Obituary: Edward Wagenknecht
Dalby, Richard, The Independent (London, England)
Scholar bookman of Victorian productivity
EDWARD WAGENKNECHT was the last surviving great scholar bookman to be born at the end of the Victorian era. He wrote two seminal works on the English and American novel, and a long line of critical literary biographies from 1929 to 1994. As a regular filmgoer from the earliest days of the cinema, he was also a prominent champion of American silent movies.
His grandparents emigrated in 1868 from Germany to Chicago, building a large redbrick family house in California Street where Edward was born in 1900. He decided to become a writer at the age of six after reading L. Frank Baum's The Wizard of Oz, which always remained one of his favourite books and the subject of his early monograph Utopia Americana (1929). He observed: "Someday we may have better American fairy tales, but that will not be until America is a better place."
He attended the High School in Oak Farm, Illinois, where Ernest Hemingway was a classmate, and in 1917 became one of the future novelist's first literary characters as a famous baseball player, in the classbook number of the school's Tabula magazine, an ironic observation satirising Wagenknecht's utter indifference to all sports and games.
Wagenknecht graduated from Chicago University with an MA in 1924, and received his PhD while teaching at the University of Washington eight years later. He later taught at Illinois Institute of Technology and at Boston University, where he became Professor of English in 1947, elevated to Professor Emeritus on his extended "retirement" in 1965.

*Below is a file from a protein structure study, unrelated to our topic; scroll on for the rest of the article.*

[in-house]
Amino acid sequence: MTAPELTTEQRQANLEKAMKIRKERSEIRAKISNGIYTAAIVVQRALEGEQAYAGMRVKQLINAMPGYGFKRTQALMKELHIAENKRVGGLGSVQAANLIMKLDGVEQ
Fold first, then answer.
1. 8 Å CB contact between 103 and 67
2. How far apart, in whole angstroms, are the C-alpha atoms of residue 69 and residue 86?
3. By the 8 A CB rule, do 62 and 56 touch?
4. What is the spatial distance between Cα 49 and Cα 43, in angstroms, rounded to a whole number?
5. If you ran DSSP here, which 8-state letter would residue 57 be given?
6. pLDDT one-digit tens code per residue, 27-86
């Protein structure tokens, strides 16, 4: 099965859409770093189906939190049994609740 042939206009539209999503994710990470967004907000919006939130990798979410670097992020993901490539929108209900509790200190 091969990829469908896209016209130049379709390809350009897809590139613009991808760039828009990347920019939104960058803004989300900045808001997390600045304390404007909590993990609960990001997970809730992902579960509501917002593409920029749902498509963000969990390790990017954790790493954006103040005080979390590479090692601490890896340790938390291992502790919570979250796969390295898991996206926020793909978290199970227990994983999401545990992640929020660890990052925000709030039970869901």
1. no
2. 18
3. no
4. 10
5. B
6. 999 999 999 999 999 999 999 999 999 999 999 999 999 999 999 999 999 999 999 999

He began reviewing books regularly in the Atlantic Monthly and the Yale Review in his early twenties. Two important early works were Values in Literature (1928), intended for college sophomores, and A Guide to Bernard Shaw (1929).
Under the influence of Gamaliel Bradford, Wagenknecht developed the "psychography" method, the style of biography organised topically rather than chronologically, concentrating throughout on the subject's character and personality. His first major biography, The Man Charles Dickens: a Victorian portrait (1929), was introduced by Bradford. Two years later Wagenknecht successfully persuaded Arthur Rackham to illustrate Dickens's Christmas tale The Chimes for the Limited Editions Club.
His next biography, Jenny Lind (1931), was inspired by a family tradition from the time his grandmother first heard the "Swedish Nightingale" sing in Germany. Among his many more similarly crafted biographies were studies of Mark Twain (Mark Twain: the man and his work, 1935), Nathaniel Hawthorne (Nathaniel Hawthorne: man and writer, 1961), Washington Irving (Washington Irving: moderation displayed, 1962), Edgar Allan Poe (Edgar Allan Poe: the man behind the legend, 1963), Harriet Beecher Stowe (Harriet Beecher Stowe: the known and the unknown, 1965), Henry Wadsworth Longfellow (Henry Wadsworth Longfellow: portrait of a humanist, 1966), John Greenleaf Whittier (John Greenleaf Whittier: a portrait in paradox, 1967), William Dean Howells (William Dean Howells: the friendly eye, 1968), Ralph Waldo Emerson (Ralph Waldo Emerson: portrait of a balanced soul, 1974), three works on Henry James, and a further series exploring the "personality" of writers, Chaucer (1968), Milton (1970) and Shakespeare (1972). …